Contaminated Blood and Blood Products

Part of the debate – in the House of Commons at 1:38 pm on 24th November 2016.

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Photo of Nicola Blackwood Nicola Blackwood The Parliamentary Under-Secretary of State for Health 1:38 pm, 24th November 2016

I congratulate Diana Johnson and all the members of the all-party parliamentary group for haemophilia and contaminated blood on helping to secure this debate, and I thank the Backbench Business Committee for providing time for it. It has been a highly informed, very personal and moving debate, but it has also been non-partisan. I thank all Members from across the House for the constructive way in which they have approached the debate.

I would like to begin by formally adding my personal apology to all those who have been affected by these tragic circumstances and the impact that this has had on so many families. I thank all colleagues’ constituents for their bravery in allowing their personal circumstances to be shared in the House today. It brings this debate to exactly where it should be, reminding us all what we are trying to achieve through the process. The importance of that cannot be overstated. I wish I could refer to all the constituents who were mentioned today. I listed them, but that would take most of the debating time that we have today, so I say thank you to all those who allowed their stories to be told. That is exactly why the Government are introducing the reforms we have been debating today to existing support schemes, alongside a commitment within this spending review period of up to £125 million until 2020-21 for those affected, which will more than double the annual spend over the next five years.

At the beginning, however, we should be up front in recognising that nothing can make up for the suffering and loss these families have experienced, and no financial support can change what has happened to them. However, I hope all of those here today will recognise that the support provided is significantly more than any previous Administration have provided, and recognise how seriously the Government take this issue. I would like to join colleagues in paying tribute to the previous Prime Minister and to my predecessor, my hon. Friend Jane Ellison, for all their work on the issue. I reiterate their statement that the aim of this support scheme is that no one will be worse off.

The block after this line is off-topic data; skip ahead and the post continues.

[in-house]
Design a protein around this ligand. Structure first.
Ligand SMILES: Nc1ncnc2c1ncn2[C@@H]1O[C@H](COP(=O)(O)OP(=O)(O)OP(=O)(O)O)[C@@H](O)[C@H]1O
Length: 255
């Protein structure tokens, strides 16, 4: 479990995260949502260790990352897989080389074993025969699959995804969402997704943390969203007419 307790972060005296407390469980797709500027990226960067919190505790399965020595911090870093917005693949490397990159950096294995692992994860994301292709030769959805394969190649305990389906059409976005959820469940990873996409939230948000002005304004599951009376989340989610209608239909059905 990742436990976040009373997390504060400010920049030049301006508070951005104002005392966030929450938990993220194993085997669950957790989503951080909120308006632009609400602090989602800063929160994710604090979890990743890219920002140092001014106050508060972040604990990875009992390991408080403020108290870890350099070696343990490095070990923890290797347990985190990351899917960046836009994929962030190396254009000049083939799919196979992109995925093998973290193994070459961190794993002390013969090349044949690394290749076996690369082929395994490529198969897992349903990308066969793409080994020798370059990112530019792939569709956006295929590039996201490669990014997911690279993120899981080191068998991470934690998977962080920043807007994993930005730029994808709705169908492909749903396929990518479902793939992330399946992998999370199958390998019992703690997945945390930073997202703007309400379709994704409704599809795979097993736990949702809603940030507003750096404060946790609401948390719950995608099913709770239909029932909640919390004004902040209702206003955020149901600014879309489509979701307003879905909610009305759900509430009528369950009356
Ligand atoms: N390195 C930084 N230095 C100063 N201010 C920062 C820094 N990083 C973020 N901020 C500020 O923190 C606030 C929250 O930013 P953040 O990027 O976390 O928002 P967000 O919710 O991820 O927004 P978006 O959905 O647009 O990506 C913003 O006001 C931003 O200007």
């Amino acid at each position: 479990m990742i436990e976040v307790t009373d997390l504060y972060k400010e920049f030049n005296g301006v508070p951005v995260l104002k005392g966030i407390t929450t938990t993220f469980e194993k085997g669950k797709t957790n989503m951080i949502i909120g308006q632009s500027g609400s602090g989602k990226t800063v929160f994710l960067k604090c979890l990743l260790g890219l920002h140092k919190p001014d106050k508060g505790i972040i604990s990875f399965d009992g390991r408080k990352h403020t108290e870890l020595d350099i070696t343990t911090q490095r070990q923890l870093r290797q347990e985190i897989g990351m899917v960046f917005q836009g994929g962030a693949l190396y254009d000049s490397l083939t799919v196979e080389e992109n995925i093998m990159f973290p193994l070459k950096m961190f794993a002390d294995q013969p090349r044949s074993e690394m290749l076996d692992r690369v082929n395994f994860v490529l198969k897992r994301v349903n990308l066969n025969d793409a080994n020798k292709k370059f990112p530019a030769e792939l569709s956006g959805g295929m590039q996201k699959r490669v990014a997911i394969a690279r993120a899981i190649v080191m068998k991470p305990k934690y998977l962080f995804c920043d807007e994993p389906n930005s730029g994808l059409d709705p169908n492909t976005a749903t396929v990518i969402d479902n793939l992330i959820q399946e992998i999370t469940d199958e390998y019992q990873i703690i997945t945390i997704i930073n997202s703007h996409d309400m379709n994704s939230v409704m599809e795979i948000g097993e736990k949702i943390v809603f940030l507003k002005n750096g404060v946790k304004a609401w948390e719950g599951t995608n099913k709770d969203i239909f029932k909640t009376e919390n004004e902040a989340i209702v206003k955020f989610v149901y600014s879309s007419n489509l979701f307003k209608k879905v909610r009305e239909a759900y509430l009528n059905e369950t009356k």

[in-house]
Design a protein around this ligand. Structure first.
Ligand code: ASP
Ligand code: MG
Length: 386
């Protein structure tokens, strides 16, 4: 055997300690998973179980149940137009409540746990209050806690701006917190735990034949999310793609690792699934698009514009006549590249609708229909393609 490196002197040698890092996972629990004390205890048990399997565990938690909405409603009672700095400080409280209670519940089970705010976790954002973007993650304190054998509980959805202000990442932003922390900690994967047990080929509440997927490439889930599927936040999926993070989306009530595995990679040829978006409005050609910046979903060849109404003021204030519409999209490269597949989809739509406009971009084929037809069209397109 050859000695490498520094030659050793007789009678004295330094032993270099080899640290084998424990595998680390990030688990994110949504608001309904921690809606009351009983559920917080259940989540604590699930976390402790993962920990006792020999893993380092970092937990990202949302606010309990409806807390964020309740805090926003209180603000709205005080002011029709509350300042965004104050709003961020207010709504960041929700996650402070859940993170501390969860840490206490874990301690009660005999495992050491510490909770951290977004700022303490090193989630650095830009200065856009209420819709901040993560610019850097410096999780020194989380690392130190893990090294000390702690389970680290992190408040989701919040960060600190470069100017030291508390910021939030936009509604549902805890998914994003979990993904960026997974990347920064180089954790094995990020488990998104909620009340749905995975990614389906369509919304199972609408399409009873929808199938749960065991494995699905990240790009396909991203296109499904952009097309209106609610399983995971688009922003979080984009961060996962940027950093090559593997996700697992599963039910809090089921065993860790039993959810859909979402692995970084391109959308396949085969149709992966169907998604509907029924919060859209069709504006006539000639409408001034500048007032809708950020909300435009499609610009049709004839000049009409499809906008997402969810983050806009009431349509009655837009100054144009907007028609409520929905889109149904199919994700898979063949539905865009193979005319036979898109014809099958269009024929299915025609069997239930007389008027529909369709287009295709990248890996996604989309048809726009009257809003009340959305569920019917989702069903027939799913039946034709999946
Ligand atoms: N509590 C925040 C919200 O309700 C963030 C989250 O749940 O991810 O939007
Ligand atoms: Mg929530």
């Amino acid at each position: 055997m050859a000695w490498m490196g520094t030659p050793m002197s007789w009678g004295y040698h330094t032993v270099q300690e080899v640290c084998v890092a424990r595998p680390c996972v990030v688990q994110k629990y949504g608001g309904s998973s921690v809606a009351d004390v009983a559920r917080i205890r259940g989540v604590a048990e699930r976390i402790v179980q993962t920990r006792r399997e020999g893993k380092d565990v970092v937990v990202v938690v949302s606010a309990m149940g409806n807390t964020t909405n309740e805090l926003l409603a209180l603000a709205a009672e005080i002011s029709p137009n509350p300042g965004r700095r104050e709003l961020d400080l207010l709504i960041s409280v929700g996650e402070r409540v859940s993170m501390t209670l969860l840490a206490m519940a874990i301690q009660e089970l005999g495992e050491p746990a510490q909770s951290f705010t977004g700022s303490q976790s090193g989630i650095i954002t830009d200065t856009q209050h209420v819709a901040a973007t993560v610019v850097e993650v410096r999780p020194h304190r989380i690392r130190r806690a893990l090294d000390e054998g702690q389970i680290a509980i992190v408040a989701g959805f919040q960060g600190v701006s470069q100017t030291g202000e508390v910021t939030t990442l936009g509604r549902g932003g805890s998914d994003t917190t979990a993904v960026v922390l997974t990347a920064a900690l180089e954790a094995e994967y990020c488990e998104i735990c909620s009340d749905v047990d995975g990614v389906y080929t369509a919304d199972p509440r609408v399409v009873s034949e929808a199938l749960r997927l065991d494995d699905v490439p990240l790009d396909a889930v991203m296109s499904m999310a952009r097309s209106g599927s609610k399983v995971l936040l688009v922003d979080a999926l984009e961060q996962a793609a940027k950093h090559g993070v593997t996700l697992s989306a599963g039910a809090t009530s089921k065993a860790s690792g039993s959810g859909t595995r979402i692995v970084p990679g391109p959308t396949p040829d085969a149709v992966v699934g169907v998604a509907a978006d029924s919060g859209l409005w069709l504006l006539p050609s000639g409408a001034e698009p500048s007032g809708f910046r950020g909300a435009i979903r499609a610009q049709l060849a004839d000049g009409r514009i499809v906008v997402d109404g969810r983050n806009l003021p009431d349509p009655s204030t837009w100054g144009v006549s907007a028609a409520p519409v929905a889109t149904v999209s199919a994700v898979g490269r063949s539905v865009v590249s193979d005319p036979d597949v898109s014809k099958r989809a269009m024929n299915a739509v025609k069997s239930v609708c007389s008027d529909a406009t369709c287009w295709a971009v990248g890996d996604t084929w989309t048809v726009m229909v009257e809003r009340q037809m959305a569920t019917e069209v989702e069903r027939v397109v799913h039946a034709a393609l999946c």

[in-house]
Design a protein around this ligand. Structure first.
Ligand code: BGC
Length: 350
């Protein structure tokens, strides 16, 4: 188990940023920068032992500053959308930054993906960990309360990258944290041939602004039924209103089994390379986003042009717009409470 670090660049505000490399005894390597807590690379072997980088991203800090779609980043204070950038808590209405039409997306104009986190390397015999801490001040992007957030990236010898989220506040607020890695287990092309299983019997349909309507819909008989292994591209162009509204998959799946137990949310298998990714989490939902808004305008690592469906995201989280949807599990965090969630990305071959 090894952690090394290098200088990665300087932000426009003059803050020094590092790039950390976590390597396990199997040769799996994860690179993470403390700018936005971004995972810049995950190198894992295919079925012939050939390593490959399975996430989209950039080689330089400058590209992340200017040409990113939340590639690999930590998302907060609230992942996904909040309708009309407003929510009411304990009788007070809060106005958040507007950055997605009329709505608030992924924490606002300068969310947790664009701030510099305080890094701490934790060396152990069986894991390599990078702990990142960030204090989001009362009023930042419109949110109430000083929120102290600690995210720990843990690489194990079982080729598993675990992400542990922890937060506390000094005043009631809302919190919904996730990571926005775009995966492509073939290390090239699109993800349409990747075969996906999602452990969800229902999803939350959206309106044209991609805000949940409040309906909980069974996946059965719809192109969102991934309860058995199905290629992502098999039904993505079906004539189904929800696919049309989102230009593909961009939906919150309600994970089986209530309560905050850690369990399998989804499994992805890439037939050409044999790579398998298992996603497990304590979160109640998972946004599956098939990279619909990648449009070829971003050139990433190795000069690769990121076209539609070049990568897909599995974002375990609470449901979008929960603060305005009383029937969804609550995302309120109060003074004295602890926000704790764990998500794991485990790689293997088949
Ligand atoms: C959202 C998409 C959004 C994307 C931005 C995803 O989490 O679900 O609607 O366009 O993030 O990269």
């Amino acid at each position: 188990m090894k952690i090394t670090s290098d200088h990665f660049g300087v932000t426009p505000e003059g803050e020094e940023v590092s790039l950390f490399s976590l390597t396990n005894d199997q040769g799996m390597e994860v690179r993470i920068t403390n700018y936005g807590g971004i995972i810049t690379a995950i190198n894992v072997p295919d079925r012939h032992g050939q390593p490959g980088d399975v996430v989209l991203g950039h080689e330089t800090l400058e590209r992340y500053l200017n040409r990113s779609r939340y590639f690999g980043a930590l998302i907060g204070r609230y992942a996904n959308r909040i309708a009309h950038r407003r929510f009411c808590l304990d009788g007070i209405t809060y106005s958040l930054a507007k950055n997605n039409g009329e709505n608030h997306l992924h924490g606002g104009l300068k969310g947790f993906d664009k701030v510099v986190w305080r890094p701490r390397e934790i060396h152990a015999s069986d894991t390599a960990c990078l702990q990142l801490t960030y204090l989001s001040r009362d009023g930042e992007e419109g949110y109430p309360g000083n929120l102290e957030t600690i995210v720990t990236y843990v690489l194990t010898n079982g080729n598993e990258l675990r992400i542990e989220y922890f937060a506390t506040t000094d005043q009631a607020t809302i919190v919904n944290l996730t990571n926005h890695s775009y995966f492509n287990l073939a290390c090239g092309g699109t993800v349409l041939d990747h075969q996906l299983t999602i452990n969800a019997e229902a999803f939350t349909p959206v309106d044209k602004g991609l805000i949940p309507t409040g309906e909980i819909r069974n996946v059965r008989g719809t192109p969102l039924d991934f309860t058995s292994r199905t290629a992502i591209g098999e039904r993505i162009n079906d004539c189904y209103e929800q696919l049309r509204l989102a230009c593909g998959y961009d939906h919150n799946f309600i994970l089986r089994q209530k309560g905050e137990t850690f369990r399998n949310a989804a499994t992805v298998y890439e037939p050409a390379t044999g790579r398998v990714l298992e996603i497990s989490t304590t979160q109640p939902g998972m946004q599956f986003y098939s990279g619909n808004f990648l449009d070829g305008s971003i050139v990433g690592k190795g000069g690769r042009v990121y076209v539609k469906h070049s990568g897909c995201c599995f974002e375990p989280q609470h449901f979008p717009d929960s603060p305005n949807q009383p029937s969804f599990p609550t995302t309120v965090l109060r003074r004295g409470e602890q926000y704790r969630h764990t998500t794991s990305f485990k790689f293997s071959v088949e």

It is, as many colleagues have said, time for our reforms to bring an end to the tortured road that far too many of those affected have been down. It is time for a more comprehensive and accessible scheme that gives those affected their dignity back. However, as I hope is clear from the debate, not all the details are yet resolved. I hope to answer as many questions as I can today, but I am certain that the noble Lord Prior will be listening closely to the debate, and he will be in contact with all those here today to make sure we can resolve details I cannot get to in the time available.

Let me turn to where we are. The reforms guarantee that all those who are chronically affected will, for the first time, receive a regular annual payment in recognition of what has happened to them. That includes all the 2,400 individuals with hepatitis C stage 1, who previously received no ongoing payment, but who will now expect to receive £3,500 a year.

Increases to existing annual payments have also been announced. These are not designed in themselves to guarantee a reasonable standard of living. The package needs to be considered in the context of the whole range of support that is available for the patient group, including support being exempt for the purposes of tax, and benefits being claimed by beneficiaries of the schemes, as Chris Stephens rightly mentioned.

I would like to address a couple of the issues raised by the hon. Member for Kingston upon Hull North about finances. We do expect to spend all of the budget allocated to the scheme in the year, but the budget for the scheme does come within the Department of Health’s budget, not the Treasury budget, so if there is an underspend in any one year, the money will remain in the Department of Health. If any payments that should be made within that year fall into the next year, we can take that money forward.

I would also like to address the concerns that have been raised about the tendering for the scheme. The shadow Minister is, I am afraid, not quite correct that Capita and Atos have already bid to administer the scheme. The invitation to tender has not yet been issued, so no initial bids have been received so far. We intend to issue the invitation to tender shortly, and I am absolutely sure that, as the tender is being designed, the concerns that have been raised in the debate will be heard, and that the concerns about trust and the history of this situation will be well understood by all those involved in the design.